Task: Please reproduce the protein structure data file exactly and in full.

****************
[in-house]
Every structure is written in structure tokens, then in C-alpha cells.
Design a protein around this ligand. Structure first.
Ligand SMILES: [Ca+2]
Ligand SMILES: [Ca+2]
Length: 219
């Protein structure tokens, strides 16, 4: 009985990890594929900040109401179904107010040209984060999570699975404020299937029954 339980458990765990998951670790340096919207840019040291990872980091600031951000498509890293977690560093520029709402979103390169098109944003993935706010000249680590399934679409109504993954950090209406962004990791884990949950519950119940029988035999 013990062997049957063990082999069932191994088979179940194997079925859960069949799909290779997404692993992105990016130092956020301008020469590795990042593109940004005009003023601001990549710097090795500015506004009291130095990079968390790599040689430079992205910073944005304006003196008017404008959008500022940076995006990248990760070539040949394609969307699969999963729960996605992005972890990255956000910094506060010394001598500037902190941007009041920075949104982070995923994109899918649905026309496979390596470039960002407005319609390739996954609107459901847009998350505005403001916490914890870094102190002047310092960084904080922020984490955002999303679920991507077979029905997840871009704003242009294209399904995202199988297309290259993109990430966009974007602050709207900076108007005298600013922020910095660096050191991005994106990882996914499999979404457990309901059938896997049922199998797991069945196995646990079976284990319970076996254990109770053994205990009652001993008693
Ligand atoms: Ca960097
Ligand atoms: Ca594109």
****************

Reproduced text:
[in-house]
Every structure is written in structure tokens, then in C-alpha cells.
Design a protein around this ligand. Structure first.
Ligand SMILES: [Ca+2]
Ligand SMILES: [Ca+2]
Length: 219
């Protein structure tokens, strides 16, 4: 009985990890594929900040109401179904107010040209984060999570699975404020299937029954 339980458990765990998951670790340096919207840019040291990872980091600031951000498509890293977690560093520029709402979103390169098109944003993935706010000249680590399934679409109504993954950090209406962004990791884990949950519950119940029988035999 013990062997049957063990082999069932191994088979179940194997079925859960069949799909290779997404692993992105990016130092956020301008020469590795990042593109940004005009003023601001990549710097090795500015506004009291130095990079968390790599040689430079992205910073944005304006003196008017404008959008500022940076995006990248990760070539040949394609969307699969999963729960996605992005972890990255956000910094506060010394001598500037902190941007009041920075949104982070995923994109899918649905026309496979390596470039960002407005319609390739996954609107459901847009998350505005403001916490914890870094102190002047310092960084904080922020984490955002999303679920991507077979029905997840871009704003242009294209399904995202199988297309290259993109990430966009974007602050709207900076108007005298600013922020910095660096050191991005994106990882996914499999979404457990309901059938896997049922199998797991069945196995646990079976284990319970076996254990109770053994205990009652001993008693
Ligand atoms: Ca960097
Ligand atoms: Ca594109």